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Area Boy Scouts celebrate 100 years

Dave Lucas and Boy Scout Troop 106, out of Ironton, demonstrate a flag retirement ceremony Saturday at Camp Oyo during an anniversary celebration and open house. THE TRIBUNE/JESSICA ST. JAMES

Several area Boy Scouts took part in a celebration of the 100th anniversary of scouting at Camp Oyo in Portsmouth this weekend. Scout troops from the Tecumseh district of the Simon Kenton Council demonstrated their skills during an open house Saturday. The district includes Lawrence, Scioto, Greenup and Adam counties.

Scouts from Troop 106 of Ironton demonstrated a flag retirement ceremony.

Scoutmaster Dave Lucas explained the ceremonies have become a sort of niche for the troop, which has done several of them.

“We discovered that most people don’t know how to retire a flag,” Lucas said. “It’s a lost art.”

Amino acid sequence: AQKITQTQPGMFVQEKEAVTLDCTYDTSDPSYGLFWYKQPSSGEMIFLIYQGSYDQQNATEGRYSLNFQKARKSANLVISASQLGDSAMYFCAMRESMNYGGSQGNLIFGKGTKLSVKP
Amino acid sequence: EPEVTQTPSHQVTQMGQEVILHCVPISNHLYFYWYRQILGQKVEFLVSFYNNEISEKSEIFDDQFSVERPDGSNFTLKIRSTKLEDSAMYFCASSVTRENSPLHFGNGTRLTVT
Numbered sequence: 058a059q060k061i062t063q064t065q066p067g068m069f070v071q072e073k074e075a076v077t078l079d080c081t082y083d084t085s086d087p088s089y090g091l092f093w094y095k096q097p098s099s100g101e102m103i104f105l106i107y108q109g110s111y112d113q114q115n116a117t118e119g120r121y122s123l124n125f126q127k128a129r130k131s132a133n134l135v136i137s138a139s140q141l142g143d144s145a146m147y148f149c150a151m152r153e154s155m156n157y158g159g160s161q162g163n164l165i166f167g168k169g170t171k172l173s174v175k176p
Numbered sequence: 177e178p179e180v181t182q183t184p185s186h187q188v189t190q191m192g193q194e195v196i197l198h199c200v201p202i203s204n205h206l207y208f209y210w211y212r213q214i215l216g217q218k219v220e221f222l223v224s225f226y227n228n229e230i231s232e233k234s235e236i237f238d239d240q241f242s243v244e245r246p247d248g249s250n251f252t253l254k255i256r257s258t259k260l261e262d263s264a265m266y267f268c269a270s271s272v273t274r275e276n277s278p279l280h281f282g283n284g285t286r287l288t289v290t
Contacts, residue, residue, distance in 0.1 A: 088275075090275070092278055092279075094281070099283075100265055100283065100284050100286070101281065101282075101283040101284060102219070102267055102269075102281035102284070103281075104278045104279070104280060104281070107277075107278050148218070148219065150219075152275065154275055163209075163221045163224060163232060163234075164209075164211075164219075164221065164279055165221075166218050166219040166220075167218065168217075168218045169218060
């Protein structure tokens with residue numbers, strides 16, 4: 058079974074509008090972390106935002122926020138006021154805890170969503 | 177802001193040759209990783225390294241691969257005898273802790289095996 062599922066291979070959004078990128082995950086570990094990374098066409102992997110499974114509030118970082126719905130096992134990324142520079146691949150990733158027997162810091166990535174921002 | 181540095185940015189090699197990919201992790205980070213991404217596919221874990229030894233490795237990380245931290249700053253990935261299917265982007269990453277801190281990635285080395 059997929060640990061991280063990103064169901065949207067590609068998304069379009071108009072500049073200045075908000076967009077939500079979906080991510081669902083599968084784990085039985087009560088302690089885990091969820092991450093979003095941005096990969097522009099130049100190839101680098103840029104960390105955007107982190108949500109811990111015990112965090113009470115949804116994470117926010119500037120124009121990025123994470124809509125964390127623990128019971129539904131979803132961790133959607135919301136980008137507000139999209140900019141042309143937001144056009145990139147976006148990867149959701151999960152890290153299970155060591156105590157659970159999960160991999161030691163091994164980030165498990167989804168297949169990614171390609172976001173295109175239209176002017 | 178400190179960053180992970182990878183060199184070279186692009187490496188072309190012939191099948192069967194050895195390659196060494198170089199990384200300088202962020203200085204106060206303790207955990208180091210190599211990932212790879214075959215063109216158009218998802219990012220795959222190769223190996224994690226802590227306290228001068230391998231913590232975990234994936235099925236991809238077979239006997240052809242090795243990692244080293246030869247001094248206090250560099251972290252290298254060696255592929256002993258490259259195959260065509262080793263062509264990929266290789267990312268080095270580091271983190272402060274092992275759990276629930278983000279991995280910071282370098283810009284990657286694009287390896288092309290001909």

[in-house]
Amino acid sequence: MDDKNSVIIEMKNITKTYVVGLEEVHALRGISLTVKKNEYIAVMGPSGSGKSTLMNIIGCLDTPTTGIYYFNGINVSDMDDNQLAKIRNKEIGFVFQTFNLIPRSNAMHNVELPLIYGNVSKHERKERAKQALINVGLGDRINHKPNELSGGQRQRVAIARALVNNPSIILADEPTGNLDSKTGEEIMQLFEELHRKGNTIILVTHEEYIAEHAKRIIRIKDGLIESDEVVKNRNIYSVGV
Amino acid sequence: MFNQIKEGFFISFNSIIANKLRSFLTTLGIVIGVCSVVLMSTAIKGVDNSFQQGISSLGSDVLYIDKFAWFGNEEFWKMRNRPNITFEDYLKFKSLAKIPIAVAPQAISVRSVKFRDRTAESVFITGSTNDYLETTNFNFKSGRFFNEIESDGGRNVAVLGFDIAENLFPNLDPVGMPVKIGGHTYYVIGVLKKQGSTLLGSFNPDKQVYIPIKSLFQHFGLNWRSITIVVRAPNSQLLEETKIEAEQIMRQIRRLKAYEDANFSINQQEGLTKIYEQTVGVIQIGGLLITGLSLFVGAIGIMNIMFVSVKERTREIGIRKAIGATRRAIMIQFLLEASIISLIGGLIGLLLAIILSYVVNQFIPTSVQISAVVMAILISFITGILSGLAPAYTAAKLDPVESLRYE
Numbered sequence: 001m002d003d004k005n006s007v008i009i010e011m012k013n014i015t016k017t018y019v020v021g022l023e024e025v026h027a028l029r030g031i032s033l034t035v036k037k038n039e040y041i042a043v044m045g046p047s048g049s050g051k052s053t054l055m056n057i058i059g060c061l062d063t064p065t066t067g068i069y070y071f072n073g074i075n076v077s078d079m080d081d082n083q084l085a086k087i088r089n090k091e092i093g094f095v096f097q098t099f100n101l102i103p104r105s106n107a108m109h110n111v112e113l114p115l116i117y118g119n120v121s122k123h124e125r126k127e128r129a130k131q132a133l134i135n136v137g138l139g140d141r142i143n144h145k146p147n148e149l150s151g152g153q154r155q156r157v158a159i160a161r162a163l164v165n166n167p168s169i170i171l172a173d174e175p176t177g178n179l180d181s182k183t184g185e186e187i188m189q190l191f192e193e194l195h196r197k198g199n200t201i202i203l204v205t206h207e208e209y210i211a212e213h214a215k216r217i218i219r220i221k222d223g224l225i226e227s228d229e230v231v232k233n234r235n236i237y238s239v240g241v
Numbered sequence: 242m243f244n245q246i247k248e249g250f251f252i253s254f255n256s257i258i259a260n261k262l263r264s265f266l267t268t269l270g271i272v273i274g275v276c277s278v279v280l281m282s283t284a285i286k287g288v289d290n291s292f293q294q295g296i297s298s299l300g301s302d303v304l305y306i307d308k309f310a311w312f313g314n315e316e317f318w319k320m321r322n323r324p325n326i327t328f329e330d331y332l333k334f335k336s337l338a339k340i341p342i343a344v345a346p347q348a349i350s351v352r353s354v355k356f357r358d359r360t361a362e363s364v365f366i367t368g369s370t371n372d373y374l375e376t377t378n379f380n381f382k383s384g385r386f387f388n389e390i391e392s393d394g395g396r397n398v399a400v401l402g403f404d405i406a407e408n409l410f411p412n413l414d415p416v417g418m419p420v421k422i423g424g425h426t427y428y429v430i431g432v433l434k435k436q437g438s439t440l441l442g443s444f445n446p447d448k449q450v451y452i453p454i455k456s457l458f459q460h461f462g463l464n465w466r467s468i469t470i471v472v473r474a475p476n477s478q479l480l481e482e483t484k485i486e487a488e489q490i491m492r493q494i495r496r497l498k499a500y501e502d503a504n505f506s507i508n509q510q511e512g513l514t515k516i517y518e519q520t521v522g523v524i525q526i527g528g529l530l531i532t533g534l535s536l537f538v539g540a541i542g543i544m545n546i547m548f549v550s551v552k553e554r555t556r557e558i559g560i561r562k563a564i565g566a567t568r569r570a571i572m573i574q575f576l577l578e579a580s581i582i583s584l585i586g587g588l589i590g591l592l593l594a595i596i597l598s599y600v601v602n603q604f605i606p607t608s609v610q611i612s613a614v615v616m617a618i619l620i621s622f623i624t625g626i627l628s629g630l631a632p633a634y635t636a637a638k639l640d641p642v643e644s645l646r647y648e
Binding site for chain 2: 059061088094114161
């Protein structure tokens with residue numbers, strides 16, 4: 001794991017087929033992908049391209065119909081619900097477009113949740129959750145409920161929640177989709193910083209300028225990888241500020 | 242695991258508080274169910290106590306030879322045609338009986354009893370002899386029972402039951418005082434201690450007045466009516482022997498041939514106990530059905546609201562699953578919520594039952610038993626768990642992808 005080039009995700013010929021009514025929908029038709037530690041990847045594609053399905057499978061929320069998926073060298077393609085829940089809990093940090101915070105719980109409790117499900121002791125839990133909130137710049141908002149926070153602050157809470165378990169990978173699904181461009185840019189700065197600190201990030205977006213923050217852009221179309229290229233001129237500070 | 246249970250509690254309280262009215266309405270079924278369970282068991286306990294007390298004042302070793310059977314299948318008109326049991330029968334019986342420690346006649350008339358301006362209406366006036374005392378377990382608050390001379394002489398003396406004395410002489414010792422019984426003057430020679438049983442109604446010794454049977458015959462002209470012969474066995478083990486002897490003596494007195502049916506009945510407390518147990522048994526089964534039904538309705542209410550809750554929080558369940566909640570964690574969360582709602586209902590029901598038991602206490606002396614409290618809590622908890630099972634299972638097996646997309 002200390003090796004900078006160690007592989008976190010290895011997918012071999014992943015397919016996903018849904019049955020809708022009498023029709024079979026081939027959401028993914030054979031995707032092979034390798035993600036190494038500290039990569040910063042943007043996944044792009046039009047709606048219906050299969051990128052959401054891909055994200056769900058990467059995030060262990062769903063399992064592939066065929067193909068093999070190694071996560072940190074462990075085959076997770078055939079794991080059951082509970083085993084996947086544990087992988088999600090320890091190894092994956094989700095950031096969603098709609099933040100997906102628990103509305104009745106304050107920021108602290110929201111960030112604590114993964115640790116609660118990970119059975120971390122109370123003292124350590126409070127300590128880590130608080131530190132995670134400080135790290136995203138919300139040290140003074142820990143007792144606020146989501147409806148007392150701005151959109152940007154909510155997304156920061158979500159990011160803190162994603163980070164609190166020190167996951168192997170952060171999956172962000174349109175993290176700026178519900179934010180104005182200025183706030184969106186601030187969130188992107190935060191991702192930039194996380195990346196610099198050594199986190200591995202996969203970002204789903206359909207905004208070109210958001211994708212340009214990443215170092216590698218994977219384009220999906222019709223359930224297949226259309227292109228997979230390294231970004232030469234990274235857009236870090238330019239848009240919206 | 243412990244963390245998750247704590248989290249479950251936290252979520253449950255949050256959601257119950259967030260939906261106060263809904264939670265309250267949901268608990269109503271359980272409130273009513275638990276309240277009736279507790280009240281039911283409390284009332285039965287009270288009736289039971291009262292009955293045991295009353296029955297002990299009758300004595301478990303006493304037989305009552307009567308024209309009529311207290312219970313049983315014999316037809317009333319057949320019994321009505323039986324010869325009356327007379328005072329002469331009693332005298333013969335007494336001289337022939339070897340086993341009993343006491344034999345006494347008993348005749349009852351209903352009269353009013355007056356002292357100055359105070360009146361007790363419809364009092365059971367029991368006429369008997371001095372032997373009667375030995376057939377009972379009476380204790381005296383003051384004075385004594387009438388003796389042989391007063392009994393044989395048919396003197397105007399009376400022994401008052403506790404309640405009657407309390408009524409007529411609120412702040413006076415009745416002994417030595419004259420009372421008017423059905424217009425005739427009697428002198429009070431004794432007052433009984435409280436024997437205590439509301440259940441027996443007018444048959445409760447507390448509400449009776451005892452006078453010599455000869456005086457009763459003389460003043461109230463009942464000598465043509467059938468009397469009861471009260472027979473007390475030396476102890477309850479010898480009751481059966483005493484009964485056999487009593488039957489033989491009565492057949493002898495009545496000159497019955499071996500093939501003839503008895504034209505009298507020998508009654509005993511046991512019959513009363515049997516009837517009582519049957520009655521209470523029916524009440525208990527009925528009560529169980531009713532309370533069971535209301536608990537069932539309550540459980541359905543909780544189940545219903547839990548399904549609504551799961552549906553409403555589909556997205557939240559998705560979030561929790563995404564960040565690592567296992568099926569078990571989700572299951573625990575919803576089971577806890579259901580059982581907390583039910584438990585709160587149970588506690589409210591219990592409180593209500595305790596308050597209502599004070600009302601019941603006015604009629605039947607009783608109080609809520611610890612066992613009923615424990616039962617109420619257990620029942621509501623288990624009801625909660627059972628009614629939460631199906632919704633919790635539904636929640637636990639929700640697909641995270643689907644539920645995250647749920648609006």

Most often the troop burns the flags, though burying is also an accepted way of retiring them. They start with by folding the flag in a triangle. Then the red, white and blue sections of the flag are separated and burned individually during the ceremony.

Lucas said the scouts have a responsibility in the community to carry on knowledge of the proper way of displaying and retiring the American flag.

“If you think about it, who else is going to guard the knowledge about flags and flag decorum?” Lucas said.

Senior patrol leader Caleb Franz first participated in a flag retirement two years ago at a summer camp. He said he finds the ceremonies emotional.

“I find a sense of patriotism in this,” he said. “I really enjoy retiring flags.”

Besides the flag retiring ceremonies, other troops demonstarted fire building, tanning, Dutch oven cooking and communications.

Troop 103 of Deering demonstrated both rope making and two of the basic knots.

“There’s not too many of these machines around,” Scoutmaster Marion Harrison said the machinery that twisted the material into rope.

Harrison said several people had visited the rope making demonstration.

“They’ve been pretty steady,” he said. “We let the kids help make the rope and then we give them the rope.”

Several other activities including live music, a tomahawk throwing demonstration, a demonstration by a Native American dance team and an archery range and a BB gun range were also a part of Saturday’s celebration.